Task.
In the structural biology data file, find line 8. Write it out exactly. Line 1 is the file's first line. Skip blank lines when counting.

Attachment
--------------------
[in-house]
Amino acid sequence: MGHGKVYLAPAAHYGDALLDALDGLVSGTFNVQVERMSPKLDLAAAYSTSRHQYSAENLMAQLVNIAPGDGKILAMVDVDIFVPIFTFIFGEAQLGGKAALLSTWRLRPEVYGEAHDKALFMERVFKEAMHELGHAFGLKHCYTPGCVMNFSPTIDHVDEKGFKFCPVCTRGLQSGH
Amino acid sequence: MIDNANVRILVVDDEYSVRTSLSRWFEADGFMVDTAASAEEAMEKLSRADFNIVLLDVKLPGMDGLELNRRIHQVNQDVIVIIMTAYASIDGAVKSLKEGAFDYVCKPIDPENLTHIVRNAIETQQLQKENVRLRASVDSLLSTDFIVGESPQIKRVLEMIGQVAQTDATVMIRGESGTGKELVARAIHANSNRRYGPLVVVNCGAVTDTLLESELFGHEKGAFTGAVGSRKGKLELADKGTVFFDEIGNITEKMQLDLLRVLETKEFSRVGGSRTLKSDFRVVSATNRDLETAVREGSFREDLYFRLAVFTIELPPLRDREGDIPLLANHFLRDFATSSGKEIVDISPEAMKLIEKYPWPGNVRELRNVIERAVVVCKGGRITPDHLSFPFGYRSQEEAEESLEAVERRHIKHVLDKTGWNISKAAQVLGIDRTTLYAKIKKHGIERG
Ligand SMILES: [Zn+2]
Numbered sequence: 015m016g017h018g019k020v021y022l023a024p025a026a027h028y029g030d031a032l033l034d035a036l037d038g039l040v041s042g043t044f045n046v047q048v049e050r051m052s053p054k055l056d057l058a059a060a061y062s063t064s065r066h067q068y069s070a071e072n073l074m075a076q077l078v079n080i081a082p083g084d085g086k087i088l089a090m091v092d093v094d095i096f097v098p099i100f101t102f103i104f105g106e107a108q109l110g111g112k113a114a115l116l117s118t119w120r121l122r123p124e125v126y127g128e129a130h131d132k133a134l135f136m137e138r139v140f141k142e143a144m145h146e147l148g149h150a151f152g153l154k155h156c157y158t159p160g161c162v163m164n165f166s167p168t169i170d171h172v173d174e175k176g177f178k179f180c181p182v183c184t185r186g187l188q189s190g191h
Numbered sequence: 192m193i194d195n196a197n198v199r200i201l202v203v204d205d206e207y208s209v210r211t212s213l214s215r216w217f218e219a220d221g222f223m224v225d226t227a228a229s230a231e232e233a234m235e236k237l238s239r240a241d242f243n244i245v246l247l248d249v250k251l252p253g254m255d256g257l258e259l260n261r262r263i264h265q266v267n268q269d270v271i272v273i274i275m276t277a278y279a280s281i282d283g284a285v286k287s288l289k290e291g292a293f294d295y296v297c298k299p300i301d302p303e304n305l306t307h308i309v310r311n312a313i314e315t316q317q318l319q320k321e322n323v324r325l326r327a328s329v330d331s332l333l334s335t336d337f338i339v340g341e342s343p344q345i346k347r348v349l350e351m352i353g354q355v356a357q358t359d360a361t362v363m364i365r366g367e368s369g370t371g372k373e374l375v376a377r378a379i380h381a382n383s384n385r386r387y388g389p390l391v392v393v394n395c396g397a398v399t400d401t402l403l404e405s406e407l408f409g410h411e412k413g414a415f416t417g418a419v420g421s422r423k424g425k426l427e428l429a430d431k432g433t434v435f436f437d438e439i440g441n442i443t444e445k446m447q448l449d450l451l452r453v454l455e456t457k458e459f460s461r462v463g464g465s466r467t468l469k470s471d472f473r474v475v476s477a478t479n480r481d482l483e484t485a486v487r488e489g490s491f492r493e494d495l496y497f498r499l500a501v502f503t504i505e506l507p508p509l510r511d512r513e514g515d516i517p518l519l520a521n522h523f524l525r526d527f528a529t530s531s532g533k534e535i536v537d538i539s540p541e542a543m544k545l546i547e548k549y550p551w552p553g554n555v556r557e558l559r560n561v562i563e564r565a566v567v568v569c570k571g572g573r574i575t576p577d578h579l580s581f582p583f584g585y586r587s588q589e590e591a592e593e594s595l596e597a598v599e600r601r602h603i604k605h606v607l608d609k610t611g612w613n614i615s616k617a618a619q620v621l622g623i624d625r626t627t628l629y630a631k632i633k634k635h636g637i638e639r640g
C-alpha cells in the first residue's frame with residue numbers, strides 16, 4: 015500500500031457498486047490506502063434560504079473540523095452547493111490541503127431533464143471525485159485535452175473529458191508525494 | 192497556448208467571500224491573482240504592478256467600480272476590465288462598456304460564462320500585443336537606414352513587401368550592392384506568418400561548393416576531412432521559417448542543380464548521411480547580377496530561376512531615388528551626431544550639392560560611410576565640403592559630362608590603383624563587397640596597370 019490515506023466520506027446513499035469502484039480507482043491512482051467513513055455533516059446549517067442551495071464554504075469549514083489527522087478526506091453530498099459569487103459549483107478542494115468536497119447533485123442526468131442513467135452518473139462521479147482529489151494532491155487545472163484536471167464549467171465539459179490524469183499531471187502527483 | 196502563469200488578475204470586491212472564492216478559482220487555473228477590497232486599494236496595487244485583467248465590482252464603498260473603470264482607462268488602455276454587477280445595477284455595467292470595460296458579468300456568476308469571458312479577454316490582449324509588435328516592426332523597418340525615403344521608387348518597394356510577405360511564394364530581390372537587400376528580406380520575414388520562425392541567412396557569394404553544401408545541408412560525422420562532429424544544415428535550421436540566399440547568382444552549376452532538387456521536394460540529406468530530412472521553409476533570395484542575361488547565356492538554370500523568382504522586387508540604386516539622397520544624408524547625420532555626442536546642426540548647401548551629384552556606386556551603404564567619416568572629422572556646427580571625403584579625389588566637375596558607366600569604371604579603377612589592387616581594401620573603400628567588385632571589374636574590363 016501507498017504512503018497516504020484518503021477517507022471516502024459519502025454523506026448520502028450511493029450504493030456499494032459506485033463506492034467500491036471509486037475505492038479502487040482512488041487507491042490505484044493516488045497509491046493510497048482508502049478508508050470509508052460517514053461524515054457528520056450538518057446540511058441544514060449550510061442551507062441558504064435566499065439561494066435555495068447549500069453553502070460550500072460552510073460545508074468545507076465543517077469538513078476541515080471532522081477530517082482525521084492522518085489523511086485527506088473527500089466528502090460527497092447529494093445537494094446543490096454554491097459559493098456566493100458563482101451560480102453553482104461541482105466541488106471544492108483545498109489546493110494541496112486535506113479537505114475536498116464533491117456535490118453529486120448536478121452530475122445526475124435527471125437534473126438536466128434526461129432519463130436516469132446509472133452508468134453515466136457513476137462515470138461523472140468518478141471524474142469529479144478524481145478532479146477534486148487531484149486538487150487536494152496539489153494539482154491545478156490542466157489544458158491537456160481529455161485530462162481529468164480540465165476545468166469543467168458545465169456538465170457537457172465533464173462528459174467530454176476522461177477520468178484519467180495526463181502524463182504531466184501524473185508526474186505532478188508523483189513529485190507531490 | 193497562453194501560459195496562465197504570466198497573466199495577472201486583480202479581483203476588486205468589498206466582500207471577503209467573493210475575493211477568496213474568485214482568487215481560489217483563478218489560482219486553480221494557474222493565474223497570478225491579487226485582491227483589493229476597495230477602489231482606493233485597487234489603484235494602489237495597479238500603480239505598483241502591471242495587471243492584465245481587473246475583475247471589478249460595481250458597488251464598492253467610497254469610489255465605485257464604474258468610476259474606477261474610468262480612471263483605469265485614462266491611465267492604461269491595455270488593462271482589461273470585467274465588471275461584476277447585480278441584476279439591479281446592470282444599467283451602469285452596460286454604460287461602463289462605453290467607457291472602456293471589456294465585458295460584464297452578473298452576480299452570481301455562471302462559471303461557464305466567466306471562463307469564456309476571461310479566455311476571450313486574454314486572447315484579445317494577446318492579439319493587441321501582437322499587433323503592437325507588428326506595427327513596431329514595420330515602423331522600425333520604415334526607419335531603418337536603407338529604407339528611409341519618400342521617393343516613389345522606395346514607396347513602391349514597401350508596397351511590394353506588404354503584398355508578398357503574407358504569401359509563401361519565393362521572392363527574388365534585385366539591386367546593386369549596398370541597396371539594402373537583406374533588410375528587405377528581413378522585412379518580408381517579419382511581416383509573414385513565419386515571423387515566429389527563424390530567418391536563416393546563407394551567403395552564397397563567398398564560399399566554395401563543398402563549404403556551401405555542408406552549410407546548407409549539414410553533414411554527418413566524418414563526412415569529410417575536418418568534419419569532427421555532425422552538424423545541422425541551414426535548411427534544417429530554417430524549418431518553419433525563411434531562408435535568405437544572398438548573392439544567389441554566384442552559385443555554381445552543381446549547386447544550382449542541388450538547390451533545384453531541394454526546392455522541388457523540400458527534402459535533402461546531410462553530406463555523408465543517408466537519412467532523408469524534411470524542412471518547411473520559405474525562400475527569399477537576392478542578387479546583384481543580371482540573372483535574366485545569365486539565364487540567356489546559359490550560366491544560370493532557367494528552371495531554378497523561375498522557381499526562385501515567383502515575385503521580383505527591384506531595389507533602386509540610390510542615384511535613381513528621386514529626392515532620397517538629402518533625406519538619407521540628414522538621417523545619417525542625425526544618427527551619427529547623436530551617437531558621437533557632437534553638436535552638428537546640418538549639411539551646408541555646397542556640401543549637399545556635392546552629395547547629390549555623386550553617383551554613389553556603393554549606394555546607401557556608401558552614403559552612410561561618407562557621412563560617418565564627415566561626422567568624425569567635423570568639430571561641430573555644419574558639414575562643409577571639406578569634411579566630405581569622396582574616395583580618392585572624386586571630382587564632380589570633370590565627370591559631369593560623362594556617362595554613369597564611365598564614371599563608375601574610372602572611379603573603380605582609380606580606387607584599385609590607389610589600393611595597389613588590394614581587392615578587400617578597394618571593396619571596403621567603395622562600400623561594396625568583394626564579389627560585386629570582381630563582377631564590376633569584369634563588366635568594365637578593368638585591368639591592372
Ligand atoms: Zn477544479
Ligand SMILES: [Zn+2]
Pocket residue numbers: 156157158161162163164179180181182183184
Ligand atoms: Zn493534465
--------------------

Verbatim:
Ligand atoms: Zn477544479